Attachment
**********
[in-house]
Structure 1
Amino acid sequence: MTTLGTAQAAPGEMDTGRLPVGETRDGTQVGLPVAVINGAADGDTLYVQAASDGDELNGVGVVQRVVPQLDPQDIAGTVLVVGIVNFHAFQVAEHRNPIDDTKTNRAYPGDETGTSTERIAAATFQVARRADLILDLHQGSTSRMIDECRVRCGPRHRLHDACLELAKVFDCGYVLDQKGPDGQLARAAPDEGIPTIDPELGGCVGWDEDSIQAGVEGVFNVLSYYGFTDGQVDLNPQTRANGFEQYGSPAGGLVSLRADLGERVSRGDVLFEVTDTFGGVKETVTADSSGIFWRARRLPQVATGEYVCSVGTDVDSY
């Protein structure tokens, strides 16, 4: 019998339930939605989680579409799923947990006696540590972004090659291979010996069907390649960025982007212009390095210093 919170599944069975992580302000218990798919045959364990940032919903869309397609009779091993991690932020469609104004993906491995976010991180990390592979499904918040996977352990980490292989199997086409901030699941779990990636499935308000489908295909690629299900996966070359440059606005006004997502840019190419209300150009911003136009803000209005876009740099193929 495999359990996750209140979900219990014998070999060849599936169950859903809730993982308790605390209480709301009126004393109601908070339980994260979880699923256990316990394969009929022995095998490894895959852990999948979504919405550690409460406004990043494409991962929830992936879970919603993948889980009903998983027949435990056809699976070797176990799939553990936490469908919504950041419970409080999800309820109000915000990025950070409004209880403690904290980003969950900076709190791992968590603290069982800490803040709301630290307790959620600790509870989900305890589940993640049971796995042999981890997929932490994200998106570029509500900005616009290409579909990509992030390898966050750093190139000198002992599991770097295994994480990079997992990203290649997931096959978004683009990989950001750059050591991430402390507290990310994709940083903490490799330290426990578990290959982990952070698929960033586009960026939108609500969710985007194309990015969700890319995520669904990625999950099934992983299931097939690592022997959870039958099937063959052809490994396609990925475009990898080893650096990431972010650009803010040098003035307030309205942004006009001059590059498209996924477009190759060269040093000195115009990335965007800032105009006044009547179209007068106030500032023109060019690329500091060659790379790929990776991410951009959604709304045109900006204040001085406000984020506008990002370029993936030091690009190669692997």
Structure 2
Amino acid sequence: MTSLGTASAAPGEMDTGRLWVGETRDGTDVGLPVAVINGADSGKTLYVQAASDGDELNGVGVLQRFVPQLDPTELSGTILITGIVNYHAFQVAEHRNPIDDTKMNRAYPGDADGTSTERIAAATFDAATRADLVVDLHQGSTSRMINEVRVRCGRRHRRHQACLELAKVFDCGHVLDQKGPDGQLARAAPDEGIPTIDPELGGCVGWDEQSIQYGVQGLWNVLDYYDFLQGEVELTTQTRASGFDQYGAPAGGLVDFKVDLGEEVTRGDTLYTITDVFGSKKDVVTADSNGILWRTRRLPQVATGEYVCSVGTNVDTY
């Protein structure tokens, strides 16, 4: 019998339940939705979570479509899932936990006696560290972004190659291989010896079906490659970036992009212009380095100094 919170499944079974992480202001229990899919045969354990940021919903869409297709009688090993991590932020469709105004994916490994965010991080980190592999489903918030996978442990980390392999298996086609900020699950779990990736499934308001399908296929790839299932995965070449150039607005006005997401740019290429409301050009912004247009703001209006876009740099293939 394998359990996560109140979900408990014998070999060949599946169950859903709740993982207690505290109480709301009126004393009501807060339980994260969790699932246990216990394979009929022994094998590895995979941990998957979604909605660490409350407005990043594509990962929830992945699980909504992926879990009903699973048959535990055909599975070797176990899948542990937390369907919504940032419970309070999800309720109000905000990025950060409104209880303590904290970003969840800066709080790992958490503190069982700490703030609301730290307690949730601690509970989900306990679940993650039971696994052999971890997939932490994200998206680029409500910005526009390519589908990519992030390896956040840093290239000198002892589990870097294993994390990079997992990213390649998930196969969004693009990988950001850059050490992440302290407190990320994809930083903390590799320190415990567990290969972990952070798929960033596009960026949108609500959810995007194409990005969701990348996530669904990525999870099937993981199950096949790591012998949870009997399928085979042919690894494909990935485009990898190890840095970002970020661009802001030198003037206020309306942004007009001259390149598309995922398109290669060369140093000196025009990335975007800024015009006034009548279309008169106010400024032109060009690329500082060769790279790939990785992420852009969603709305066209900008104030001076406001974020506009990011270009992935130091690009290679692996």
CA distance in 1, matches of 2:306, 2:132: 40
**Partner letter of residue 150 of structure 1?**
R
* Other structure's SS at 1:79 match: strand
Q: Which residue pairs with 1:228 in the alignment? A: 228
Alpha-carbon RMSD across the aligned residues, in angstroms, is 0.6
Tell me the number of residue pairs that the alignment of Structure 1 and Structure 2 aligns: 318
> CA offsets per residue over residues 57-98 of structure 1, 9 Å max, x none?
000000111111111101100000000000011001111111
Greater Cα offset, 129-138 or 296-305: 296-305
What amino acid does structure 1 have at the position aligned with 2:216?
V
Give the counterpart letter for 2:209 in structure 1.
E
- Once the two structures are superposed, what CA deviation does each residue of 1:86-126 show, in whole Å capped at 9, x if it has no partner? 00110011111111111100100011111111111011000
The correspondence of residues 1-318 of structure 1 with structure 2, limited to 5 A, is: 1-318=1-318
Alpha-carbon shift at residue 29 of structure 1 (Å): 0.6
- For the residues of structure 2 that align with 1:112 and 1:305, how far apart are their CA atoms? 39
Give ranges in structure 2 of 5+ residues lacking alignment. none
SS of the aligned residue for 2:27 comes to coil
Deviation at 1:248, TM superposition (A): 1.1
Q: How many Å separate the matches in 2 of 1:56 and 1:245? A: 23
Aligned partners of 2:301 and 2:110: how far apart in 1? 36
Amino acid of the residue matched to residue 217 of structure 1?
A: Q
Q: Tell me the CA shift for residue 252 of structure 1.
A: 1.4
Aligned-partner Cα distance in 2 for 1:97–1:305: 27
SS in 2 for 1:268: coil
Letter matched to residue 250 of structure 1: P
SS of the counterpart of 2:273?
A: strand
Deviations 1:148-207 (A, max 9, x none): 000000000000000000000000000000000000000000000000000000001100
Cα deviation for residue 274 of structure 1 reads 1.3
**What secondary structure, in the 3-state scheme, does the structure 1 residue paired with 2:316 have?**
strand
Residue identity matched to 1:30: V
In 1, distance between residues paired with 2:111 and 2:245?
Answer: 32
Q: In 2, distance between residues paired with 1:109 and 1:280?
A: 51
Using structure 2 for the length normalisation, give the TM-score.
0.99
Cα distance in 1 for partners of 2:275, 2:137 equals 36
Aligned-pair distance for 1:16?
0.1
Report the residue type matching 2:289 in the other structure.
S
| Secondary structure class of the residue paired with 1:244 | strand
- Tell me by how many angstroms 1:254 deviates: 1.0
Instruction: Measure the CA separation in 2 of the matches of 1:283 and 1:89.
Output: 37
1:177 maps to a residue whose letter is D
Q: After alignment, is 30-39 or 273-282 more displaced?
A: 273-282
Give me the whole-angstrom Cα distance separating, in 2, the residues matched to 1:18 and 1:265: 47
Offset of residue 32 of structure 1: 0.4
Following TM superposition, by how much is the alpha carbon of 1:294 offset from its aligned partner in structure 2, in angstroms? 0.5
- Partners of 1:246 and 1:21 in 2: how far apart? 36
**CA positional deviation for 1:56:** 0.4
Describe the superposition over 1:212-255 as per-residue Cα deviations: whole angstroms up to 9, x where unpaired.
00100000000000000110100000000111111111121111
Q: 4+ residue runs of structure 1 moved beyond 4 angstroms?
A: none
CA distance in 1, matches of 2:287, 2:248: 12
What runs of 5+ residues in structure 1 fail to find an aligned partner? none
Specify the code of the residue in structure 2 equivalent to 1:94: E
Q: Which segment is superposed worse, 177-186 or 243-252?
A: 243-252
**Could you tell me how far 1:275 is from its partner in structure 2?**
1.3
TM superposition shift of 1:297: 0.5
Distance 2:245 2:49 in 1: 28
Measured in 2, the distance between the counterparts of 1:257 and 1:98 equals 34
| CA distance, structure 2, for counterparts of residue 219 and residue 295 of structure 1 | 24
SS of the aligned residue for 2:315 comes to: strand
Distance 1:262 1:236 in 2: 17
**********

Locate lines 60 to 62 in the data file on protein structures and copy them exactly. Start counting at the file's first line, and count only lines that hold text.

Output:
1:177 maps to a residue whose letter is D
Q: After alignment, is 30-39 or 273-282 more displaced?
A: 273-282